In the aftermath of the Indian Ocean Tsunami five years ago, the once-bustling village of Klieng Meuriah — like hundreds of villages in Indonesia’s Aceh province — was gone. Its buildings were shattered, its homes reduced to rubble and belongings washed away. But perhaps worst of all was the loss of humanity: dozens died, and those who survived were suddenly scattered in displacement camps across the area.
And so, for a month, the ruins of Klieng Meuriah stood empty. The village was lifeless.
Fiza Khalida was only 19 years old at the time. She found herself living in a makeshift shelter, alongside thousands of other survivors, at a displacement camp near the local airport — 15 miles away from what remained of her village.
During the first days of their displacement, Mercy Corps emergency teams visited the camp and delivered supplies to Fiza and her new neighbors, families from all across Aceh: food, clean water, clothes, cooking utensils and shelter materials.
Those items helped to ease the shock and restore a sense of routine to daily life. But daily life in the camps only reminded survivors like Fiza of what they’d lost. Every day brought uncertainty: when would they be able to return to their villages? What would they find once there? And what would they do then?
Mercy Corps helped answer some of those questions. Within a couple weeks of the tsunami, we launched a cash-for-work program that paid survivors like Fiza a daily wage to return to their villages and begin cleaning up debris. Repairing the infrastructure that remained. Beginning to rebuild what had been lost.
That’s how Fiza, and many of her neighbors, returned to Klieng Meuriah just a month after that tragic day. They were still living in makeshift shelters, but they were home — at least what remained of home.
But the residents of Klieng Meuriah were determined to revive their village. And women like Fiza led the effort. Even while the cash-for-work program was in full gear, Mercy Corps began working with a local women’s group on a community mobilization project.
Over the last five years, Mercy Corps has helped establish 168 project committees in villages like Klieng Meuriah, training them in subjects such as financial reporting and bookkeeping. We’ve also successfully assisted 40 villages in producing their own village plans and infrastructure maintenance plans to guide future development.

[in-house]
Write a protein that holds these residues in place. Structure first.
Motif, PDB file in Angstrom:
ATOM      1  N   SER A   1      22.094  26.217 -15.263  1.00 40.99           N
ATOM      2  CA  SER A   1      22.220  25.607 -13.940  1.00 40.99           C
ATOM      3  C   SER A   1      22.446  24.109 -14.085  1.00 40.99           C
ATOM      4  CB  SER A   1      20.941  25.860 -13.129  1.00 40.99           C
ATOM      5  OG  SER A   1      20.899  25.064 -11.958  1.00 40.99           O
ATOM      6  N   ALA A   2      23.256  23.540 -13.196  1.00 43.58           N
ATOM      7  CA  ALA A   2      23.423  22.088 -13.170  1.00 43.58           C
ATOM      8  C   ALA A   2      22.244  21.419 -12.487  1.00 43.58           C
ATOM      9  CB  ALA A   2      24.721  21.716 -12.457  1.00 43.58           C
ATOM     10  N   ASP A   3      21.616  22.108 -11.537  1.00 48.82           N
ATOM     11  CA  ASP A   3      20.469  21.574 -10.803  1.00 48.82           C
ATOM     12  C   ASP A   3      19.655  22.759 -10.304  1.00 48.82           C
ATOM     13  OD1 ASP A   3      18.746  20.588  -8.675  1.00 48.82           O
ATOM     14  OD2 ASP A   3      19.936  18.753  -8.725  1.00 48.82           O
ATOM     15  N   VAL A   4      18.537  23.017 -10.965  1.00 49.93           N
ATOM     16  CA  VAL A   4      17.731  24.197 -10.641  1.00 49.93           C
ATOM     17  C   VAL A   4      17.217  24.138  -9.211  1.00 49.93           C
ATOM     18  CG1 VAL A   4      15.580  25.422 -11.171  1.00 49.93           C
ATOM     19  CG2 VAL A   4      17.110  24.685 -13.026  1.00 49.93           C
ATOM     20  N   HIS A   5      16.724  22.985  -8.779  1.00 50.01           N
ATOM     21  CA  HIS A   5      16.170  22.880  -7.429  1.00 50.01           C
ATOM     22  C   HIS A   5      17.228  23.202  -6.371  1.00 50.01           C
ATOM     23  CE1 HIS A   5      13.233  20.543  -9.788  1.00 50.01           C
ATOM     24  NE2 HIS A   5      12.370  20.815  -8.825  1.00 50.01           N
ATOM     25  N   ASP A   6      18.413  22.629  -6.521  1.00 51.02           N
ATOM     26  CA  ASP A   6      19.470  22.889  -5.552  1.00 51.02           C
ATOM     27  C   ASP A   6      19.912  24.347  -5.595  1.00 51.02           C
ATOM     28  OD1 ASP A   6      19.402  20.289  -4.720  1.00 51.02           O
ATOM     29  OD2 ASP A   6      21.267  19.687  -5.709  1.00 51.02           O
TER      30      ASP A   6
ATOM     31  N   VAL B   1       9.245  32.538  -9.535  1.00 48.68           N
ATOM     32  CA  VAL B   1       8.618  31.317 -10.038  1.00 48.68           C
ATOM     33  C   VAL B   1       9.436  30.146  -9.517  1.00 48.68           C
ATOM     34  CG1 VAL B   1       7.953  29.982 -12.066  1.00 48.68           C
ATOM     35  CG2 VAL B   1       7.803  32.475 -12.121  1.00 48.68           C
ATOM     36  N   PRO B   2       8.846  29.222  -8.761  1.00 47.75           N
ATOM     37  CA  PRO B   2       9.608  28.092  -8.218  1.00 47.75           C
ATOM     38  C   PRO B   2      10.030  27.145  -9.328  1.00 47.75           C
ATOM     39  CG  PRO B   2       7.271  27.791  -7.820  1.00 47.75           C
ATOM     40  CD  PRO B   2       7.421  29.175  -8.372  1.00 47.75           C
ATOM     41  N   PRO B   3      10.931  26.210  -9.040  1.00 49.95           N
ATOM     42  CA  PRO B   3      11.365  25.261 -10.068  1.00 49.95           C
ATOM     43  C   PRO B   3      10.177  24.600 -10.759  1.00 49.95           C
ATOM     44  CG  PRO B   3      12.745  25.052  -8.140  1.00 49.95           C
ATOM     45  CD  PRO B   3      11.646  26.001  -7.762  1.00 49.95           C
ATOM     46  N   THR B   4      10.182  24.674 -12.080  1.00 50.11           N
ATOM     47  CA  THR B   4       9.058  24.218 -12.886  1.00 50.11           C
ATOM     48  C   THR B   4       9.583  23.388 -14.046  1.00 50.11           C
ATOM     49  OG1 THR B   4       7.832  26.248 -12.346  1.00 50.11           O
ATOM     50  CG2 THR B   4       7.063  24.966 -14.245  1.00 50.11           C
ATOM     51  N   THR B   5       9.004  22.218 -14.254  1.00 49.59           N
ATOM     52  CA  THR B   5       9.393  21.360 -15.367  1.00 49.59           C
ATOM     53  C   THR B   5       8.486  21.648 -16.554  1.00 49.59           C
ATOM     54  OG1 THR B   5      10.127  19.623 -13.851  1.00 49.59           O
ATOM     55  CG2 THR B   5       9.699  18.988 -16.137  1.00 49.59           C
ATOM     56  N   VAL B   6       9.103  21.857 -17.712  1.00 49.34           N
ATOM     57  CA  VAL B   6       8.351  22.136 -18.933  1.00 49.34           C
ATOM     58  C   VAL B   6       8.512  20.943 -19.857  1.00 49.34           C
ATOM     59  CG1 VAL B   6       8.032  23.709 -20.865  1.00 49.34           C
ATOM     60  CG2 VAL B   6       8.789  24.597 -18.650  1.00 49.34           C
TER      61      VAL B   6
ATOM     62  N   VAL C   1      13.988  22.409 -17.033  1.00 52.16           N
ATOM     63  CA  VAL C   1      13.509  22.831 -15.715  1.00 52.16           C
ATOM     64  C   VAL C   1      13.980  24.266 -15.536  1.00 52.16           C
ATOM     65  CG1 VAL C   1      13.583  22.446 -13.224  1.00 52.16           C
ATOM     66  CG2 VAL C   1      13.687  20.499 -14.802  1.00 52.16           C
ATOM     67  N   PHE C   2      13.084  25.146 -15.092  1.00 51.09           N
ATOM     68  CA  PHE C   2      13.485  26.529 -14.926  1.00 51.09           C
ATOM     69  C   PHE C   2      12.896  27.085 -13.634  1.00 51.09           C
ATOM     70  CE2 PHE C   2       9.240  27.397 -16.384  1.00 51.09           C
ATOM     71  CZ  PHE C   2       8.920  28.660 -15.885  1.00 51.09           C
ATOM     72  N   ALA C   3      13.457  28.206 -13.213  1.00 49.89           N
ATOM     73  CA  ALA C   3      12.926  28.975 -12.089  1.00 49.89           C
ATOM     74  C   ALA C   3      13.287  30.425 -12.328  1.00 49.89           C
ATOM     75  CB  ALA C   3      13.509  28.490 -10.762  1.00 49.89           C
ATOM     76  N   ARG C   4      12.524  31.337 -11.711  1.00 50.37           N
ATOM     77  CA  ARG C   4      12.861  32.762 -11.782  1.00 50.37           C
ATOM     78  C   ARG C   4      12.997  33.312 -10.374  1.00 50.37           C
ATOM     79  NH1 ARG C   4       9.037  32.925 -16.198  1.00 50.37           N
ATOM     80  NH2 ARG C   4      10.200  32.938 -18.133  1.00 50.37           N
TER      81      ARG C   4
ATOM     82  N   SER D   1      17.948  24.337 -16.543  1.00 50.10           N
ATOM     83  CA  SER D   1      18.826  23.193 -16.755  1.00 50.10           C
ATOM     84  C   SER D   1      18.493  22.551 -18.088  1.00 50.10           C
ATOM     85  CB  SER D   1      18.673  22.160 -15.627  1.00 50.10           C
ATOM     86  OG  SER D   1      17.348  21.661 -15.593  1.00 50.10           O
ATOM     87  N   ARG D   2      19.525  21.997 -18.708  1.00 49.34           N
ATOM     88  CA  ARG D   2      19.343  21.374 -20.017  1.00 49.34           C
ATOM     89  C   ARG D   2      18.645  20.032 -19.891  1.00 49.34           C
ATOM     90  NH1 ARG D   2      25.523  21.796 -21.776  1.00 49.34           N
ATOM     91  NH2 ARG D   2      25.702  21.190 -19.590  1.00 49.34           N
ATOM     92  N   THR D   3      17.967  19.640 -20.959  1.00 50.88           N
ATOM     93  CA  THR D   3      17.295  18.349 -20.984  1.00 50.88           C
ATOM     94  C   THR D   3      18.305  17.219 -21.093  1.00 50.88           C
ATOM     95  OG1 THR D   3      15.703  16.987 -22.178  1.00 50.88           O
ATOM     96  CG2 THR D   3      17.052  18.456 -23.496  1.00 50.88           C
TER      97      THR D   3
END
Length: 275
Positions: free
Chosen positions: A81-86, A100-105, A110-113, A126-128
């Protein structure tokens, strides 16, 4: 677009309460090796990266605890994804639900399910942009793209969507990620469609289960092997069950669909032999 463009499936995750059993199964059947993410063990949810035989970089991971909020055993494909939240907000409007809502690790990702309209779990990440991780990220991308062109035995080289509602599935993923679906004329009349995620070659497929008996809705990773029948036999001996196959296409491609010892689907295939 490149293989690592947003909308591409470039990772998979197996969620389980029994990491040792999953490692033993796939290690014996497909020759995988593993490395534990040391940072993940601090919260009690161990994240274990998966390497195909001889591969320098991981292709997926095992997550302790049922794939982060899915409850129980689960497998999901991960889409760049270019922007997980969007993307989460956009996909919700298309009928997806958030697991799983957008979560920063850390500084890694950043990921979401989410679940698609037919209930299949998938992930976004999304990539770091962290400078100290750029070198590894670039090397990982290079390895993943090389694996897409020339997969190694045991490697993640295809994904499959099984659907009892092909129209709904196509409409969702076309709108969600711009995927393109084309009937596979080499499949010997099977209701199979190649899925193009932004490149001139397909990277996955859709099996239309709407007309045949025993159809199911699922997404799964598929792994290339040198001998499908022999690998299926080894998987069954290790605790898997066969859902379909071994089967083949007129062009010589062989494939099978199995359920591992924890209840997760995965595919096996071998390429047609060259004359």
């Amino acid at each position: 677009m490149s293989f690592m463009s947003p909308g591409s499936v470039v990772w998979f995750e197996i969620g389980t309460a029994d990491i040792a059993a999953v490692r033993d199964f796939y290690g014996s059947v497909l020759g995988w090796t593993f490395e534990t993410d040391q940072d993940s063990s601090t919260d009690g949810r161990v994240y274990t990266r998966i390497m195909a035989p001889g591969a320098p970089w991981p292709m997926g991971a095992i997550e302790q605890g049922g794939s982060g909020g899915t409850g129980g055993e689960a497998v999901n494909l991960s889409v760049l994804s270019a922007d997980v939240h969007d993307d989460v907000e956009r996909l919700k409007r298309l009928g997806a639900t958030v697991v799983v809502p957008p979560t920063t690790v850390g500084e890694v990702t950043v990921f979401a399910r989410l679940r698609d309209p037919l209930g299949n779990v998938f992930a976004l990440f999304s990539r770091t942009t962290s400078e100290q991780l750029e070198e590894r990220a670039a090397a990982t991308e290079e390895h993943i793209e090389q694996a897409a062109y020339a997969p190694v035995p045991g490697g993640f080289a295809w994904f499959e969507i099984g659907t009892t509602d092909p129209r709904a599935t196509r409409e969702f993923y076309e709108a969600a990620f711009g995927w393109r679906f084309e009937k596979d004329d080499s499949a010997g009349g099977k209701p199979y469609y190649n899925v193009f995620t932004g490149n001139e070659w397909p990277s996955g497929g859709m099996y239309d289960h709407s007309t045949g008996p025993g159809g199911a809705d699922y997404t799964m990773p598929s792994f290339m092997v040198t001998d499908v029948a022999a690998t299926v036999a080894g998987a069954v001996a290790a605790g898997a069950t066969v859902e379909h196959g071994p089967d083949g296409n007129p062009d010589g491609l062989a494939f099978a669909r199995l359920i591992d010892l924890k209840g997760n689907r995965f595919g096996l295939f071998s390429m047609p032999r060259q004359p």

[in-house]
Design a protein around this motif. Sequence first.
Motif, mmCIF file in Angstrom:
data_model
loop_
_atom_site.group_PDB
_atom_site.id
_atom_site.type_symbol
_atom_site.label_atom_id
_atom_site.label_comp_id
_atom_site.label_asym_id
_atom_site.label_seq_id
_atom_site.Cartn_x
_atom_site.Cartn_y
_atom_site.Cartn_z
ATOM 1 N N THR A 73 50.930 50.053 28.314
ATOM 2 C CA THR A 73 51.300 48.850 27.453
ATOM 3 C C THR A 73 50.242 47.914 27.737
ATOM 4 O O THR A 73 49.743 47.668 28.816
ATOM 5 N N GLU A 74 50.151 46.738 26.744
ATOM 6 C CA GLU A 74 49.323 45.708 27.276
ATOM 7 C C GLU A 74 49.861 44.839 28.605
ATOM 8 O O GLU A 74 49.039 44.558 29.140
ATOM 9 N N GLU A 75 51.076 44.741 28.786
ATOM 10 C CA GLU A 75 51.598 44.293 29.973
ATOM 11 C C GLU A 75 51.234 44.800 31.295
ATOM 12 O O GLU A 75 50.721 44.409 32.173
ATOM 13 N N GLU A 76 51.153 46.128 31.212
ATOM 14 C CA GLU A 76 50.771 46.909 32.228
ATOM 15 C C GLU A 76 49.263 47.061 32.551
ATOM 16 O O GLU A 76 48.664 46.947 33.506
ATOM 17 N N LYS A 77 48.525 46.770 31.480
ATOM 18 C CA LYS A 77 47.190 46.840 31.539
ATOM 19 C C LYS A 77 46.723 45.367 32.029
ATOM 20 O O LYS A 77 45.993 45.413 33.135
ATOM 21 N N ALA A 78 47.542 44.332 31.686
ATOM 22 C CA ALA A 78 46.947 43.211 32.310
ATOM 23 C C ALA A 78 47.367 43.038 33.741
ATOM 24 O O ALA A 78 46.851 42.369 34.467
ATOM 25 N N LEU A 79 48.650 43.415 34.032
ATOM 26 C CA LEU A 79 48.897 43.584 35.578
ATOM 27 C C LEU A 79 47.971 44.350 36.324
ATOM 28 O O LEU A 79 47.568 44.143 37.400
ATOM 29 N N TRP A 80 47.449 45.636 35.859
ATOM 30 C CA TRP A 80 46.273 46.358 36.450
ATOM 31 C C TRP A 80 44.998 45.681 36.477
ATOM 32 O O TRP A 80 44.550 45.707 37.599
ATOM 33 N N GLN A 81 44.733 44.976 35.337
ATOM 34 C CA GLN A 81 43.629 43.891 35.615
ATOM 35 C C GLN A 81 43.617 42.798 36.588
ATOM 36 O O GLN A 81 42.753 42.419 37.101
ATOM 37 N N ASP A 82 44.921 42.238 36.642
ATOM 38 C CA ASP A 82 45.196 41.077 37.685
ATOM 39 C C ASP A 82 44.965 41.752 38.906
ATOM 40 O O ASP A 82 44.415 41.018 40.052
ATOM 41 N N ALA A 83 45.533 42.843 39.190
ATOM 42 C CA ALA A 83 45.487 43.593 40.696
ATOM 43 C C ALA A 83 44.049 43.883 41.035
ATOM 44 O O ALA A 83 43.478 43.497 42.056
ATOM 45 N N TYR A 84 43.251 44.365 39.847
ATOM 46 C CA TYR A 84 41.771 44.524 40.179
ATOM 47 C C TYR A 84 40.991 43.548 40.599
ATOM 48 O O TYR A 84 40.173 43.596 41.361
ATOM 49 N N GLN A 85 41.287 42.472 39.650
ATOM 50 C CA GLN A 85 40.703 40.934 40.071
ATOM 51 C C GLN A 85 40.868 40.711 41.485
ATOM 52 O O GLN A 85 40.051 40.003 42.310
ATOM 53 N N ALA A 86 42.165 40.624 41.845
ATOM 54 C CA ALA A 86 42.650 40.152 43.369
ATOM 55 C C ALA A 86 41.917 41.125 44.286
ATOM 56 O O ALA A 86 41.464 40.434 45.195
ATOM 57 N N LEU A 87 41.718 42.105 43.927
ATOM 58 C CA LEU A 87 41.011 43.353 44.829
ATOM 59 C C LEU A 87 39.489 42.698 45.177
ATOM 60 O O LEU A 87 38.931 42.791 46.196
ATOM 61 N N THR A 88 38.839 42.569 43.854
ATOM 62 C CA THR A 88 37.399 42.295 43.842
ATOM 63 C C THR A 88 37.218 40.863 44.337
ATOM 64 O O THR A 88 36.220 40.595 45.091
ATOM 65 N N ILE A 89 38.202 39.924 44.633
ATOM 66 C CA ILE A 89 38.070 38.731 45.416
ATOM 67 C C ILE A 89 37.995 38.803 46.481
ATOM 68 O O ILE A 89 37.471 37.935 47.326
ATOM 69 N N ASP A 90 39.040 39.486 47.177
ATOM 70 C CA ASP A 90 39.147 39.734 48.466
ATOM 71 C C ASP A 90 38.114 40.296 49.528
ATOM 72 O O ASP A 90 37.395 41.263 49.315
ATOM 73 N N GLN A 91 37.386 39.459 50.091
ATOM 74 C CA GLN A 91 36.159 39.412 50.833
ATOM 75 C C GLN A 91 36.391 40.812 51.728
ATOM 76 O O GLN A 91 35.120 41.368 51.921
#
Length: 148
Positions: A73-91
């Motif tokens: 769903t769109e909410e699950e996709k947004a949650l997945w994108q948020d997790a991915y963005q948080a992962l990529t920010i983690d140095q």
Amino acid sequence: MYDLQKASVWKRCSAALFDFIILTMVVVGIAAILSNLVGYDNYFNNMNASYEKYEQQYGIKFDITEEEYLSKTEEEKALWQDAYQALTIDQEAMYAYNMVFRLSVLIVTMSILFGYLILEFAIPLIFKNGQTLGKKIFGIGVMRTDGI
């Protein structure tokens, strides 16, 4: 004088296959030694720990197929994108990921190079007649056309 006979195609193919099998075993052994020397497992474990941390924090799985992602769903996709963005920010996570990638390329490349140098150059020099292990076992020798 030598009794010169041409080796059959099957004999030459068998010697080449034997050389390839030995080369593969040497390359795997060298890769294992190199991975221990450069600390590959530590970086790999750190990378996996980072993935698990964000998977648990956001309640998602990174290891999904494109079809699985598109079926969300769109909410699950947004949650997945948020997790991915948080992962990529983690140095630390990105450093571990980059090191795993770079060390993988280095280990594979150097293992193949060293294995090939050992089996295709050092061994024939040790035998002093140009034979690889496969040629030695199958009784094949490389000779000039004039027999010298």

Fiza and her neighbors worked with our staff on rebuilding Klieng Meuriah from the ground up. Re-imagining what the village should look like. How it would work. And how its returning neighbors would work together to make the village better than ever.
Over the months that followed, Mercy Corps identify and prioritize what needed to be done. Together, we dug drainage ditches. We built a town hall, community center and public kitchen. We prepared and equipped a soccer field.
Life was returning to Klieng Meuriah, and women like Fiza were making it happen. But a village is more than buildings. It’s activity. It’s business. And Fiza’s group had ideas about that, too.
They made a proposal to Mercy Corps for a grant to start a small business. Fiza’s group received 50 million Indonesian rupiah (about US $5,000) to buy chairs, tents, cooking utensils and food serving equipment. Today, Fiza and 50 of her neighbors run a successful enterprise that rents out this equipment and helps organize weddings and other ceremonies.
The income they receive from these events helps them meet their household needs. And — with each event — their business, their families’ fortunes and the community is growing.
“It took us anywhere from a few months to a few years to re-establish our lives here,” said 24-year-old Fiza, surrounded by her colleagues, who are also her neighbors and friends, “but Mercy Corps has been with us through it all.”
What does it take to rebuild a village that was washed away by the biggest disaster of our time? In the case of Klieng Meuriah, it was a woman’s touch.